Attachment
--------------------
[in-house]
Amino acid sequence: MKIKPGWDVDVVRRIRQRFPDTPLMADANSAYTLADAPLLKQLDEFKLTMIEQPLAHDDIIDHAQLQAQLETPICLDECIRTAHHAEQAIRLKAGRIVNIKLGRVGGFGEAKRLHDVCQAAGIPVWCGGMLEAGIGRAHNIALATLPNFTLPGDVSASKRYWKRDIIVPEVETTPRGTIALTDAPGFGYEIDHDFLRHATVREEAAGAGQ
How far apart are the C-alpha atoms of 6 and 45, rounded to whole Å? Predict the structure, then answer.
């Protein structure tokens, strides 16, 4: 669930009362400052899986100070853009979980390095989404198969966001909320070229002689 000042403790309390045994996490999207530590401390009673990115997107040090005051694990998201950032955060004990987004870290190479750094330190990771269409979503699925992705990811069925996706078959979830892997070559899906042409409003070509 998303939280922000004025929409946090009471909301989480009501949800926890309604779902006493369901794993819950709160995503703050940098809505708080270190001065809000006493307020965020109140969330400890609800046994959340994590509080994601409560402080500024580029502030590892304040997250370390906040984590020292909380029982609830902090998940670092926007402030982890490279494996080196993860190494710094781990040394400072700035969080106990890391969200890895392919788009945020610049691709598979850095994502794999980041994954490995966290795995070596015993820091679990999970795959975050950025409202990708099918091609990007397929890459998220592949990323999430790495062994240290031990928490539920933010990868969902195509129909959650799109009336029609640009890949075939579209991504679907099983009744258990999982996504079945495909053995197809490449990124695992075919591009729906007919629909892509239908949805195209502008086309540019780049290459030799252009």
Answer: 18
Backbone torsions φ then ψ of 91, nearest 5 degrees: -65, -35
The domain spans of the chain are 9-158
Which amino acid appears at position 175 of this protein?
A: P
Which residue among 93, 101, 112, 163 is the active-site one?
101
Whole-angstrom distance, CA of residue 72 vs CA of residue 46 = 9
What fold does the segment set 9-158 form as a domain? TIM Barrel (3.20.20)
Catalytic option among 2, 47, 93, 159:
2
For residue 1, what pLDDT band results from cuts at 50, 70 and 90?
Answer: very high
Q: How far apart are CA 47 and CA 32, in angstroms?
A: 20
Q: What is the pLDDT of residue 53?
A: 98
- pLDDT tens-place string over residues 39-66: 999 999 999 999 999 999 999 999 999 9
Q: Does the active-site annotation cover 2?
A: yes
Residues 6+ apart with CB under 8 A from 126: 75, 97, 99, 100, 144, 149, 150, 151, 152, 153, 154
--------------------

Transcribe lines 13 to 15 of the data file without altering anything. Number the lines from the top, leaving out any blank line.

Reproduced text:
What fold does the segment set 9-158 form as a domain? TIM Barrel (3.20.20)
Catalytic option among 2, 47, 93, 159:
2